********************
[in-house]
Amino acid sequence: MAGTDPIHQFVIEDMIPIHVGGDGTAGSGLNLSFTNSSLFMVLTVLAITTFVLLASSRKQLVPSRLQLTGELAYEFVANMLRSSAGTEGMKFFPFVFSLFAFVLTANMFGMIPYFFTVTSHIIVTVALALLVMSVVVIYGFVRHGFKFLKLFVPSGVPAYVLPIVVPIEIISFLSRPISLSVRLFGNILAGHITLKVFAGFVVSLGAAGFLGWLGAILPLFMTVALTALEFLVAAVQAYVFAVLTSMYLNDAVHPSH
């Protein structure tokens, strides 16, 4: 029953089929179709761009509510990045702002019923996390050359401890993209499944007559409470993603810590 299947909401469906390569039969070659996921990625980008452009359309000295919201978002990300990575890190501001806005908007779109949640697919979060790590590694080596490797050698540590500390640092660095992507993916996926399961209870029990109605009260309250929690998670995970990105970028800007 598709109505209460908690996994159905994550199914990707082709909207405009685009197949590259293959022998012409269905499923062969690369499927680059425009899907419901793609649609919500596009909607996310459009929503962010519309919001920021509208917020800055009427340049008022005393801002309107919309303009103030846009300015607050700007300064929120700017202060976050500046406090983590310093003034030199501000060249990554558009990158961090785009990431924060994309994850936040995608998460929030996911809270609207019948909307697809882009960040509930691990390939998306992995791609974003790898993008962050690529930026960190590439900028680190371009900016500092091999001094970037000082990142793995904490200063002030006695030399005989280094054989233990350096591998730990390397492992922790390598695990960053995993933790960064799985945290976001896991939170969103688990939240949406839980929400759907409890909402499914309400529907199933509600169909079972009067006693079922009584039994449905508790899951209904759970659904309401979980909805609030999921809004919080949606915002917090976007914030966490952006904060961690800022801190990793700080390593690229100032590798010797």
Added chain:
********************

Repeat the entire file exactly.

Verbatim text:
[in-house]
Amino acid sequence: MAGTDPIHQFVIEDMIPIHVGGDGTAGSGLNLSFTNSSLFMVLTVLAITTFVLLASSRKQLVPSRLQLTGELAYEFVANMLRSSAGTEGMKFFPFVFSLFAFVLTANMFGMIPYFFTVTSHIIVTVALALLVMSVVVIYGFVRHGFKFLKLFVPSGVPAYVLPIVVPIEIISFLSRPISLSVRLFGNILAGHITLKVFAGFVVSLGAAGFLGWLGAILPLFMTVALTALEFLVAAVQAYVFAVLTSMYLNDAVHPSH
């Protein structure tokens, strides 16, 4: 029953089929179709761009509510990045702002019923996390050359401890993209499944007559409470993603810590 299947909401469906390569039969070659996921990625980008452009359309000295919201978002990300990575890190501001806005908007779109949640697919979060790590590694080596490797050698540590500390640092660095992507993916996926399961209870029990109605009260309250929690998670995970990105970028800007 598709109505209460908690996994159905994550199914990707082709909207405009685009197949590259293959022998012409269905499923062969690369499927680059425009899907419901793609649609919500596009909607996310459009929503962010519309919001920021509208917020800055009427340049008022005393801002309107919309303009103030846009300015607050700007300064929120700017202060976050500046406090983590310093003034030199501000060249990554558009990158961090785009990431924060994309994850936040995608998460929030996911809270609207019948909307697809882009960040509930691990390939998306992995791609974003790898993008962050690529930026960190590439900028680190371009900016500092091999001094970037000082990142793995904490200063002030006695030399005989280094054989233990350096591998730990390397492992922790390598695990960053995993933790960064799985945290976001896991939170969103688990939240949406839980929400759907409890909402499914309400529907199933509600169909079972009067006693079922009584039994449905508790899951209904759970659904309401979980909805609030999921809004919080949606915002917090976007914030966490952006904060961690800022801190990793700080390593690229100032590798010797």
Added chain: